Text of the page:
Marketing Food to Children: An Evolving Landscape Following WHO’s New Guidelines

Marketing Food to Children: An Evolving Landscape Following WHO’s New Guidelines

The marketing of food products laden with saturated and trans fats, free sugars and salt has been a contentious topic among regulators for decades.

Earlier this week, the World Health Organization (WHO) released new guidelines that emphasized the critical role that marketers must play in safeguarding children’s health. The WHO underscored the need for tighter regulations to protect children from the adverse effects of food marketing. This directive of marketing food to children carries profound implications, demanding a significant shift in child-focused marketing strategies.

The marketing of food products that are high in saturated and trans fats, free sugars and/or salt, known as HFSS, has been a subject of debate. The WHO’s research indicates that such advertising can shape children’s dietary preferences, promote unhealthy food intake and pave the way for potential health issues like obesity and heart disease.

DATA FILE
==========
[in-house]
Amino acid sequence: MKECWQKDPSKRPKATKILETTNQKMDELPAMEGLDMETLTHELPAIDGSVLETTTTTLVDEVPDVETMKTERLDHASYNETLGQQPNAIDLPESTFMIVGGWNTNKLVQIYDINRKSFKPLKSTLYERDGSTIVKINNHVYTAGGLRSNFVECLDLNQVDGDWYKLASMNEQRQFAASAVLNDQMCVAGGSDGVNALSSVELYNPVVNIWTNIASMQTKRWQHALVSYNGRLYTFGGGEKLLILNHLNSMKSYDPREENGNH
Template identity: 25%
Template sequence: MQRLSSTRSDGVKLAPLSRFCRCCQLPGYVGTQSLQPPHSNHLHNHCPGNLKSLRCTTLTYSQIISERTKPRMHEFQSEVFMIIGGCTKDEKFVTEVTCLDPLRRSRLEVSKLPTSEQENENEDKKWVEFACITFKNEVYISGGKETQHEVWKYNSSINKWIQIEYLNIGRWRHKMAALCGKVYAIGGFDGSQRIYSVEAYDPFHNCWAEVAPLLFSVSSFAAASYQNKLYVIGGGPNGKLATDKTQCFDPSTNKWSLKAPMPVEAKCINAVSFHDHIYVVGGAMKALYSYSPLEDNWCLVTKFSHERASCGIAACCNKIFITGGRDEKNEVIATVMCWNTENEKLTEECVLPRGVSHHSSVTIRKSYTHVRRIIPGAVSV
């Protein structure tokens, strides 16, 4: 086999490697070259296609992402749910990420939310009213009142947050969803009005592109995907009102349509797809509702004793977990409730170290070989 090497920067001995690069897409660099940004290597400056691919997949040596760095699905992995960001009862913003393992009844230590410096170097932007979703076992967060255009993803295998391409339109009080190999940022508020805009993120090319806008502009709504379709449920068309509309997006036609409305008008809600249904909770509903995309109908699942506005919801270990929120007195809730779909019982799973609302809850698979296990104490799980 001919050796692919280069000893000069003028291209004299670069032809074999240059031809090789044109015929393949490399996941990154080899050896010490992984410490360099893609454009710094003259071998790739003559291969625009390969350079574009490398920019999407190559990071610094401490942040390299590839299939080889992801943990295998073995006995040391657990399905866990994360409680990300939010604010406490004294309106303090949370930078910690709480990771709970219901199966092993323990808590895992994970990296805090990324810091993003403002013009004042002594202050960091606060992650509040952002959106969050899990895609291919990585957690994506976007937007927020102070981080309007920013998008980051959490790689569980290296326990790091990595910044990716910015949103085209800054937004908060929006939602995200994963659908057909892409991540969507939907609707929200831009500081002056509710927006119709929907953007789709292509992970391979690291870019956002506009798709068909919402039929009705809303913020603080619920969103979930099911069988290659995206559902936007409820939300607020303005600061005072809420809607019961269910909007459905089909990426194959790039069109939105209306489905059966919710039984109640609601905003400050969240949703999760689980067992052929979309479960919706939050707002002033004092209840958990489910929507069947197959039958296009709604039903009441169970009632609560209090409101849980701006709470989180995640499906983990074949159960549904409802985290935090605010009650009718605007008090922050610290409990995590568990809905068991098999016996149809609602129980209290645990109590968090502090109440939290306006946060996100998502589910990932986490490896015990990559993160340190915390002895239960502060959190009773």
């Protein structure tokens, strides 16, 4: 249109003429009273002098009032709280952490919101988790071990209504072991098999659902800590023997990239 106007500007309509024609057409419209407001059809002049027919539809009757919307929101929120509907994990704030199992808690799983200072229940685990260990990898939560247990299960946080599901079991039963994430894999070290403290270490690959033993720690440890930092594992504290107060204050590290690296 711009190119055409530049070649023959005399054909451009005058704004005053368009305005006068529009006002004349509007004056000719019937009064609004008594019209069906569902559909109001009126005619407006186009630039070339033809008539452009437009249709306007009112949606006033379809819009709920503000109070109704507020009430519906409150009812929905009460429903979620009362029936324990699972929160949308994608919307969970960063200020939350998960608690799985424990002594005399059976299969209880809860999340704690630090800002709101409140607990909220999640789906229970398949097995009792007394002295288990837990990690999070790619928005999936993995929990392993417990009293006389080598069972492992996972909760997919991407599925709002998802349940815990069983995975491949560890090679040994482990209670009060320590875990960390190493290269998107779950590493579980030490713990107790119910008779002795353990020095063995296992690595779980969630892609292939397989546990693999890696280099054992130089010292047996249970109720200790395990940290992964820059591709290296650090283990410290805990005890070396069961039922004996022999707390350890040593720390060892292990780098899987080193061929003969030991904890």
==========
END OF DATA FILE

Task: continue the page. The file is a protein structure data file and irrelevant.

“Aggressive and pervasive marketing of foods and beverages high in fats, sugars and salt to children is responsible for unhealthy dietary choices,” said Dr. Francesco Branca, director of the WHO’s Department of Nutrition and Food Safety, in a news release. “Calls to responsible marketing practices have not had a meaningful impact. Governments should establish strong and comprehensive regulations.”

Related: New WHO Guidance Advises Against Sugar Substitutes for Weight Loss

The WHO’s new guidelines recommend compulsory regulation on marketing HFSS foods and non-alcoholic beverages, underscoring that previous voluntary measures have been inadequate. This shift to obligatory rules marks an urgent call for marketers involved in marketing food to children to revisit their strategies and contemplate their contribution to public health.